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Common Name:

Chinese Photinia

Scientific Name:

Photinia serratifolia (Photinia serrulata)

Family Name:



Chinese Photinia is a large old-fashioned evergreen shrub or small tree that is finding revived popularity in Texas landscapes. Dark glossy green coarse textured foliage, creamy white spring flowers, and clusters of small red pomes attractive from late summer to winter are the primary assets. Even larger statured than Photinia x fraseri which limits its usefulness on small lots. Flowers are considered malodorous by some people.

Plant Habit or Use:

Shrub, large shrub, tree, small tree


sun, partial sun

Flower Color:

Creamy white

Blooming Period:


Fruit Characteristics:

Clusters fo red-like berries


15 ft to 20 ft (30 ft)


10 ft to 15 ft

Earth–Kind® Index:

  • Heat Tolerance: High Heat Tolerance
  • Water Requirements: Low Water Use
  • Soil Requirements: Low Soil Requirements
  • Pest Tolerance: Medium Pest Resistance
  • Fertility Requirements: Low Fertility Requirements
Explanation of the Earth–Kind® Index breakdown

Firewise Index

Explanation of the Firewise Index numerical value

USDA Hardiness Zones:

7, 8, 9, 10, 11

Regions that intersect these hardiness zones:
Region A - Panhandle and High Plains Region B - North and Central Texas Region C - Northeast and East Texas Region D - West Texas Region E - Upper Rio Grande Region F - Hill Country and Central Coast Region G - Southeast Texas Region H - Rio Grande Valley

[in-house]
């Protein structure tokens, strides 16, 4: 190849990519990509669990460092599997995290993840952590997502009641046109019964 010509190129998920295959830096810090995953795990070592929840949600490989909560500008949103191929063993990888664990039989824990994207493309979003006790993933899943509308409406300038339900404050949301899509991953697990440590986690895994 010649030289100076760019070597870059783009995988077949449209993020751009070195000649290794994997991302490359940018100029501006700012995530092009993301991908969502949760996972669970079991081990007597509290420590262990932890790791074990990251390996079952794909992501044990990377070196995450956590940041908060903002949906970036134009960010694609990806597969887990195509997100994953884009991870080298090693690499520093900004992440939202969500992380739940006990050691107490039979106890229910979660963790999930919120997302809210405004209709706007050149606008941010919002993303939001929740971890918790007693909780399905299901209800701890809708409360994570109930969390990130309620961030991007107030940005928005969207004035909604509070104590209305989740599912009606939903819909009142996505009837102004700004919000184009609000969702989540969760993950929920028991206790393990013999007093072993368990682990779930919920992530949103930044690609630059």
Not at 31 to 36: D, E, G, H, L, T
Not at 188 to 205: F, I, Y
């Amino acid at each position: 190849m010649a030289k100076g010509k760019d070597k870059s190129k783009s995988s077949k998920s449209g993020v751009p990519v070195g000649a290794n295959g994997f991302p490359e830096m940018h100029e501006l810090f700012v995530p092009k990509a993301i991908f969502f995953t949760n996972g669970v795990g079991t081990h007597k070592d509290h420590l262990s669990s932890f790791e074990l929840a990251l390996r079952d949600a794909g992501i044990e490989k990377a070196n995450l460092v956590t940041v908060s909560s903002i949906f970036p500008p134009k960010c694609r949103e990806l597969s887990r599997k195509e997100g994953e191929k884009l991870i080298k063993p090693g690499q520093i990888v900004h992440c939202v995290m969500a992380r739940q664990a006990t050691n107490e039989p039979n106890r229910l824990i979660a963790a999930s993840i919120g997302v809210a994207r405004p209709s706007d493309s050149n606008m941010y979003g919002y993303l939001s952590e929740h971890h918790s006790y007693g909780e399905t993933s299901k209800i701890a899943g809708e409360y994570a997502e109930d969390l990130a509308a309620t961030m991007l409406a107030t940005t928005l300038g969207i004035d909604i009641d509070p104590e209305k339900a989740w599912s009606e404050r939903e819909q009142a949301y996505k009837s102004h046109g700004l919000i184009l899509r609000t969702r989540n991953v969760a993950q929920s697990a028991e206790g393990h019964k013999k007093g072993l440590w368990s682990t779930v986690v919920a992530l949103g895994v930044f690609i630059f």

Click image for enlarged map of USDA Hardiness Zones

Additional Comments:

Very site adaptable and has escaped cultivation in some Texas locales. Chinese Photinia is cotton root rot and powdery mildew susceptible, but is more resistant to Entomosporum leaf spot than Photinia x fraseri.
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A Special Note about Cool Season Annuals

Cool season annuals typically are planted in the fall or early winter and flower in early spring under moderate temperatures. This group of plant materials includes: pansies, snapdragons, violas, dianthus, flowering cabbage/kale, etc. Because cool season annuals flower in the spring when conditions are mild, most have limited heat tolerance.

As a result cool season annuals do not receive a high Earth–Kind® index despite their outstanding landscape qualities.